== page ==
Profile of sleep disordered breathing in heart failure with preserved ejection fraction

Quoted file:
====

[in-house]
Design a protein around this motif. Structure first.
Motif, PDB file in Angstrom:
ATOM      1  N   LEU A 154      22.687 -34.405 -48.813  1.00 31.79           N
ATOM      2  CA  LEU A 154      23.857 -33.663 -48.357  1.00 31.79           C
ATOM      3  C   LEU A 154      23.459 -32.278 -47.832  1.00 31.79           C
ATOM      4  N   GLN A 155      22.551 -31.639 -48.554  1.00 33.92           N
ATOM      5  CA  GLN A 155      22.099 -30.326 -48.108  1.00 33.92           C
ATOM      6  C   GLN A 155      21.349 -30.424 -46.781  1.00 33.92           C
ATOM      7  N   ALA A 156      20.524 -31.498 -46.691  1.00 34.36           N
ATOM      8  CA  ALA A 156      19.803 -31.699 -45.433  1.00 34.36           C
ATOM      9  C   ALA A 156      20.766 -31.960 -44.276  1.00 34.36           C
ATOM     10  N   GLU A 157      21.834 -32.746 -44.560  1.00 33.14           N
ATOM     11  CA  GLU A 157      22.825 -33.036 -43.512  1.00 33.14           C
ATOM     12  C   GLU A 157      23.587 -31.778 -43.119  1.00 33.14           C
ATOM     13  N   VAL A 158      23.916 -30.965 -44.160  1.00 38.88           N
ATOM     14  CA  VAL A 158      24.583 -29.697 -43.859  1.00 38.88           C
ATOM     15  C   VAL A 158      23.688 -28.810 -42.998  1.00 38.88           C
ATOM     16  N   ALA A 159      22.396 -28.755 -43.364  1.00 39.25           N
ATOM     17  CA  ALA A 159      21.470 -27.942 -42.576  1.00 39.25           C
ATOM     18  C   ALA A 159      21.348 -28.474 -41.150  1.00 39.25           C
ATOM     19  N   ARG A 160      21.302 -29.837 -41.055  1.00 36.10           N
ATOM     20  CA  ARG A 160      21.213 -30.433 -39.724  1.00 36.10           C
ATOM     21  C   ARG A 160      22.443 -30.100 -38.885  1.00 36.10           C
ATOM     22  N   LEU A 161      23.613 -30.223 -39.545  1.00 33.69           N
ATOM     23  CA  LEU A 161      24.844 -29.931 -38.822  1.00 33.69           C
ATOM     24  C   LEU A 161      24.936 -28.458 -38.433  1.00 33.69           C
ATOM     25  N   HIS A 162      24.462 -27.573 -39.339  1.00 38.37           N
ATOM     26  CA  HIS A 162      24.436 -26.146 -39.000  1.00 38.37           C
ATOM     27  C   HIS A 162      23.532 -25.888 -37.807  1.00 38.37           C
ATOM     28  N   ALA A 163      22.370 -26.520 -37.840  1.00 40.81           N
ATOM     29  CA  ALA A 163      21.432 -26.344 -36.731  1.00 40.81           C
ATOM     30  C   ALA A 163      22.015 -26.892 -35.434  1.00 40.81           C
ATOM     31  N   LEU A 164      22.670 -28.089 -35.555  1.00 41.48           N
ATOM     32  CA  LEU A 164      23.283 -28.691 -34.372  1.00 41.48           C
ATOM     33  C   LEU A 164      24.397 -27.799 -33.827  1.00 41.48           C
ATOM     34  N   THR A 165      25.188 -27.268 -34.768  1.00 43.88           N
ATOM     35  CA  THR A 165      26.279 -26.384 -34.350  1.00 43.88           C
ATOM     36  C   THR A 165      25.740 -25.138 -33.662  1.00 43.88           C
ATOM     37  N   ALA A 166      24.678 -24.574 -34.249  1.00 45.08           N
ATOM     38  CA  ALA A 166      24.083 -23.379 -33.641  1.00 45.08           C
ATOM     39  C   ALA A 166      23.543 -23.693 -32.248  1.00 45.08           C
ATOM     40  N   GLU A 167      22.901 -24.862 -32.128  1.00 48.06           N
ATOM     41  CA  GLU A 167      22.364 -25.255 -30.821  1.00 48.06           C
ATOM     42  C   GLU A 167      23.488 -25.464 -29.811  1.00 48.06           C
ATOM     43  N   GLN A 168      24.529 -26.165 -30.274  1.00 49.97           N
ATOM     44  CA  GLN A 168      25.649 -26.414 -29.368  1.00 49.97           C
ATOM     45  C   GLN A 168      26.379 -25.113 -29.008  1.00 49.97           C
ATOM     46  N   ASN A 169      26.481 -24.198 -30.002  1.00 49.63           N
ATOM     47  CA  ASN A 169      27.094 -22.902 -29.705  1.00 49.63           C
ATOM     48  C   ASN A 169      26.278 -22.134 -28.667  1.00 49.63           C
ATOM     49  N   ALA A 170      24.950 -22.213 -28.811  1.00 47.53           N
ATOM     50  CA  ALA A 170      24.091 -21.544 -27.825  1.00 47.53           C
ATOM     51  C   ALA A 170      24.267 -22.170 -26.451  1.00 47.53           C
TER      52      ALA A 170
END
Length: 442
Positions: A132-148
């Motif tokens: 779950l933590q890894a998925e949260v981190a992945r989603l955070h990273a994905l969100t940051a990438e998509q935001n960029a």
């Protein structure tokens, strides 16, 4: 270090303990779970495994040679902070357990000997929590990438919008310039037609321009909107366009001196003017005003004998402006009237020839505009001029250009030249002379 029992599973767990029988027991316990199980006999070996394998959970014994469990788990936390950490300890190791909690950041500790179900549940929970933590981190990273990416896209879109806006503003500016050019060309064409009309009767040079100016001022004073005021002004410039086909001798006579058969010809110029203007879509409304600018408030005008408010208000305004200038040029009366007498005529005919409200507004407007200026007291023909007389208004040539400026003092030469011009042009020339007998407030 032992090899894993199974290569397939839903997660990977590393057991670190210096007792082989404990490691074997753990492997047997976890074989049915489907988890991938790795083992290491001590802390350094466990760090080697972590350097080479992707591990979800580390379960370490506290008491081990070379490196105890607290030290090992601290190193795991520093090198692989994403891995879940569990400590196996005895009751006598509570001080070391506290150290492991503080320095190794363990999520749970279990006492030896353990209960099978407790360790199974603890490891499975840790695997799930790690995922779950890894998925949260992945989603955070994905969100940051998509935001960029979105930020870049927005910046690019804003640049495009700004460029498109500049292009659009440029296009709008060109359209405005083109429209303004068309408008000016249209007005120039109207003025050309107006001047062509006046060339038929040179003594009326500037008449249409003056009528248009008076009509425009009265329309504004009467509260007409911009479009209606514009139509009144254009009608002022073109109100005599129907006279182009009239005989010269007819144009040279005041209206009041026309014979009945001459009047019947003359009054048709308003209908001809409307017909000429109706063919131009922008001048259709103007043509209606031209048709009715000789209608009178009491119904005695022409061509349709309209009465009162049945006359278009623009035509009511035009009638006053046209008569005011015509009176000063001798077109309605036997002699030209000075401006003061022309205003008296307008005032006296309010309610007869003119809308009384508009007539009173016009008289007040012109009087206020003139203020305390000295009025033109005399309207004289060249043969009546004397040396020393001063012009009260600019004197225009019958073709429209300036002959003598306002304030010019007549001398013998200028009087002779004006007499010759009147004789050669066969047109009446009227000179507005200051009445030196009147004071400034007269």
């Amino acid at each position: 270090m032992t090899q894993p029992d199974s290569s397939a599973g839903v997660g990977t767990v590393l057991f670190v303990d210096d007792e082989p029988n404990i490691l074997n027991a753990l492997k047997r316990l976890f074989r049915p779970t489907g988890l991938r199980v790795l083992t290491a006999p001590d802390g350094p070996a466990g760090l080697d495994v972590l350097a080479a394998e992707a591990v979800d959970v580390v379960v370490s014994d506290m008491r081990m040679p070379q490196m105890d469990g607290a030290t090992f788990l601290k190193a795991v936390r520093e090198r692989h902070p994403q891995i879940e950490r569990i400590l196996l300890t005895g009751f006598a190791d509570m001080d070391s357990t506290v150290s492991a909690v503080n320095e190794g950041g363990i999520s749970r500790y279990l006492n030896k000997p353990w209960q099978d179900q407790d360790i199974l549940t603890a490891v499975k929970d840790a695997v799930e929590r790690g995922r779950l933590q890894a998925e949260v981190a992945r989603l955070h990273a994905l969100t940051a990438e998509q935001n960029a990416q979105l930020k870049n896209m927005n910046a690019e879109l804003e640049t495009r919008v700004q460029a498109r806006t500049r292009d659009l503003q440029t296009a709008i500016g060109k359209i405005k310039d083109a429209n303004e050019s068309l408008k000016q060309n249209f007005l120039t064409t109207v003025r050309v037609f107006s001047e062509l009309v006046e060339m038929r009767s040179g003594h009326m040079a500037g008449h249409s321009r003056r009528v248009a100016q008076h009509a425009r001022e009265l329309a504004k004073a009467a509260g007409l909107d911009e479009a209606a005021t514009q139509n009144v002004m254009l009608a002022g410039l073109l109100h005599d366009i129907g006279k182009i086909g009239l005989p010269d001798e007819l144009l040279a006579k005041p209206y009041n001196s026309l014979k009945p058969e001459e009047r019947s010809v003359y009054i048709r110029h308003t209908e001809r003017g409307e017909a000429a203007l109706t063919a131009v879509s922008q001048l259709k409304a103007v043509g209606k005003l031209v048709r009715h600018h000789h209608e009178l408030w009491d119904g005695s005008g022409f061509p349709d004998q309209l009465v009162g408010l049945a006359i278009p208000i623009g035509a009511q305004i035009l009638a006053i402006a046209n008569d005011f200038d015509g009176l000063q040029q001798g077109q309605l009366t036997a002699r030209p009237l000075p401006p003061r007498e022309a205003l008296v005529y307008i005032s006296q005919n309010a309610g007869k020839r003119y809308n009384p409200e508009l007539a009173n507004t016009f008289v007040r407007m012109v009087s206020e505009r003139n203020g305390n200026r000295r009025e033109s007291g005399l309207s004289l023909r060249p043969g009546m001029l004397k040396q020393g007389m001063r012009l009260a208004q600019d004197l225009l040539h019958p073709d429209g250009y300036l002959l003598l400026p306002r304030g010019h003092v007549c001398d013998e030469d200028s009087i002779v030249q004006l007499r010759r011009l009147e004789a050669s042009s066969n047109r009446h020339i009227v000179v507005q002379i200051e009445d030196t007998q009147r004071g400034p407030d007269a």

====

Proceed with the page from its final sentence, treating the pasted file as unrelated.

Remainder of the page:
Heart failure (HF) with preserved ejection fraction (HFpEF) represents nearly half of HF cases and is increasingly being recognized as a cause of morbidity and mortality. Hypertension (essential or secondary) is an important risk factor of HFpEF, owing to permanent structural changes in heart. A common cause of secondary hypertension is obstructive sleep apnea (OSA). In the present study, we have attempted to seek the frequency and characteristics of sleep disordered breathing (SDB) in HFpEF. Also, we tried to investigate if any correlation exists between the severity of SDB and the severity of diastolic dysfunction. This was a prospective, cross-sectional, case-control study in which 25 case patients with HFpEF and 25 control subjects were included. All the case patients and control subjects went through a detailed clinical, biochemical, echocardiography evaluation and overnight polysomnography. SDB was seen in 64% of the case patients having HFpEF and in 12% of control group with [odds ratio (OR)= 12.2, 95% confidence interval (CI) = 2.83-52.74; p<0.001]. A significant correlation of apnea-hypopnea index (AHI) severity was observed with degree of diastolic dysfunction (r = 0.67; p<0.001). Among HFpEF patients with SDB (16/25), 13 had OSA and only 3 had central sleep apnea (CSA). CSA was present in patients with severe diastolic dysfunction. There were no clinical or sleep quality differences among the OSA and the CSA group. To conclude, a higher frequency of SDB is observed in HFpEF patients. AHI severity correlates with degree of diastolic dysfunction. The underlying mechanisms of correlation between SDB and diastolic dysfunction either through uncontrolled hypertension or direct causation warrant further evaluation.
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